Unlike 29 other states, Florida has no mandate that a certain amount of electricity must come from renewable sources like solar by a certain date. Thus, even though it bills itself as the “Sunshine State,” it’s 15th in solar installations. It now generates 61 percent of its electricity with natural gas, 23 percent from coal, and 12 percent from nuclear plants.
Speaking together with Hillary Clinton in Miami October 11, former Vice President Al Gore urged the audience to put Pat Murphy into the Senate seat now held by climate change denier Marco Rubio. He also urged a no vote on Amendment 1, which requires 60 percent of the vote to be added to the state constitution:
Massachusetts installed more solar energy last year alone than Florida has installed in its entire history.”
AUDIENCE MEMBER: “Ridiculous.”
Al GORE: “And one – yes, it’s ridiculous. That’s exactly right. And the head of one of the fossil-fuel-burning utilities here actually said last year: “Well, yes, Florida’s the Sunshine State, but remember, it’s also the partly cloudy state.” Well, they are trying to cloud the truth by putting forward a phony-bologna initiative that sounds like it protects solar. It doesn’t protect solar. What – the things they claim protect solar are protections you already have. […]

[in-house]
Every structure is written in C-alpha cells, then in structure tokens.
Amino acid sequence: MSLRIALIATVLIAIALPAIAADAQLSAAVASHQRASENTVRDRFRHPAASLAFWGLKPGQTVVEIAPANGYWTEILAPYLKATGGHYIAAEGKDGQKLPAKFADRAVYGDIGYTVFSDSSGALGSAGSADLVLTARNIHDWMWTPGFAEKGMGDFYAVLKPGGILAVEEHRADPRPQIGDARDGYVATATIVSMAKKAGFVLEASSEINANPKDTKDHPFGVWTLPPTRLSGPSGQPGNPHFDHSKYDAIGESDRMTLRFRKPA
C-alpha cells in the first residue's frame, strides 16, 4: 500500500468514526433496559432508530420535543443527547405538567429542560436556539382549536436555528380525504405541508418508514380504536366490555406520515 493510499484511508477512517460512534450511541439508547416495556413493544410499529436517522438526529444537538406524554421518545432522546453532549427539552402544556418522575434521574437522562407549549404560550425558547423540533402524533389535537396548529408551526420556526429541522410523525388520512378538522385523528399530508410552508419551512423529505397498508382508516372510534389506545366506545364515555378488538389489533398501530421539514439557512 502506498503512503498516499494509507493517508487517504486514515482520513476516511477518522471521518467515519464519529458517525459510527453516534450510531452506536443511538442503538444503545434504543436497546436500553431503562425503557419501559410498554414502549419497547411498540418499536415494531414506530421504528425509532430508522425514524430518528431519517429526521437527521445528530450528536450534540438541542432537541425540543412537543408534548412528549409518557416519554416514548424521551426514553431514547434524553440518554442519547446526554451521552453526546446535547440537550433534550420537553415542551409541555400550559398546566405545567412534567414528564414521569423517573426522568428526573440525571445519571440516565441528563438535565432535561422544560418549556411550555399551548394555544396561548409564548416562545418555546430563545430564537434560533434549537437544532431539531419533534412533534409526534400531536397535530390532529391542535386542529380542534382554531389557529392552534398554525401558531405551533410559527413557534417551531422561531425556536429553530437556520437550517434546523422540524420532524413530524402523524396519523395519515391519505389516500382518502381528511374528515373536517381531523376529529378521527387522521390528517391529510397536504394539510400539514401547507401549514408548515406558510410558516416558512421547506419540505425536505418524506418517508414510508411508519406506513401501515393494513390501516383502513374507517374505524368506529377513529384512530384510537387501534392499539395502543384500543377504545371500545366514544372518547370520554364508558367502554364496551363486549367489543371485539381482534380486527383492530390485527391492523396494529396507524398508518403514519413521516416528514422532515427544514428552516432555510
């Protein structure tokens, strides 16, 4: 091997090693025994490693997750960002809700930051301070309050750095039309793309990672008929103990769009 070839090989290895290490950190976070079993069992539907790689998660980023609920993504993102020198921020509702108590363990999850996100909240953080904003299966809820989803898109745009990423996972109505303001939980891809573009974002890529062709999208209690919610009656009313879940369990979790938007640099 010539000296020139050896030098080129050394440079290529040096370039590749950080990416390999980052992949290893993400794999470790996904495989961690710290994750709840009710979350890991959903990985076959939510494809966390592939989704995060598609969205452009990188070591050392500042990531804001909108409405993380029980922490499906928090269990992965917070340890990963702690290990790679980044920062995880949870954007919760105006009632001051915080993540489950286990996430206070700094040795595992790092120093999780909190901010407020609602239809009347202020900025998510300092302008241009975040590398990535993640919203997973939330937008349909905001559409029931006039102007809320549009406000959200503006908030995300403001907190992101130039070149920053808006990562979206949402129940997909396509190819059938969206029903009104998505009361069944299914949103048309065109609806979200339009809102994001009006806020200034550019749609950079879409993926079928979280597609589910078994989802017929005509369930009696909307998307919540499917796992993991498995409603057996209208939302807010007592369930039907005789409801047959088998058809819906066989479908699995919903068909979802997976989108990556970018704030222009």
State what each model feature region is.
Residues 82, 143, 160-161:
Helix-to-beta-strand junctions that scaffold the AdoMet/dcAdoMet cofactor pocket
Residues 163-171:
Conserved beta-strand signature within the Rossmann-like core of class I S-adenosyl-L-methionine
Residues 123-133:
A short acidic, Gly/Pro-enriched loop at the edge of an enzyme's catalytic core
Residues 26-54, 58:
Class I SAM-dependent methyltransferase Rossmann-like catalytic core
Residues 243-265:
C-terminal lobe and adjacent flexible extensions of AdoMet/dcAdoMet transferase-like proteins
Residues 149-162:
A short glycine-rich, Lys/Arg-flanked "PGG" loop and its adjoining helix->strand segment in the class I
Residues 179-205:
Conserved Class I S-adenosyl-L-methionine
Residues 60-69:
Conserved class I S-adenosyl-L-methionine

Now, this is a question – Our democracy has been hacked and the utilities – the fossil utilities here have spent more than $20 million to try to pull the wool your eyes. And $20 million can buy a lot of wool. So Amendment 1 would benefit the incumbent fossil fuel companies here in Florida by making it harder for homeowners to go solar.
Floridians have shown by their previous votes that they want to expand the installation of solar in their state. They should follow the advice of Gore, the major newspapers, the solar industry and environmental advocates and knock this utility fakery flat.
(Originally appeared at DailyKos.)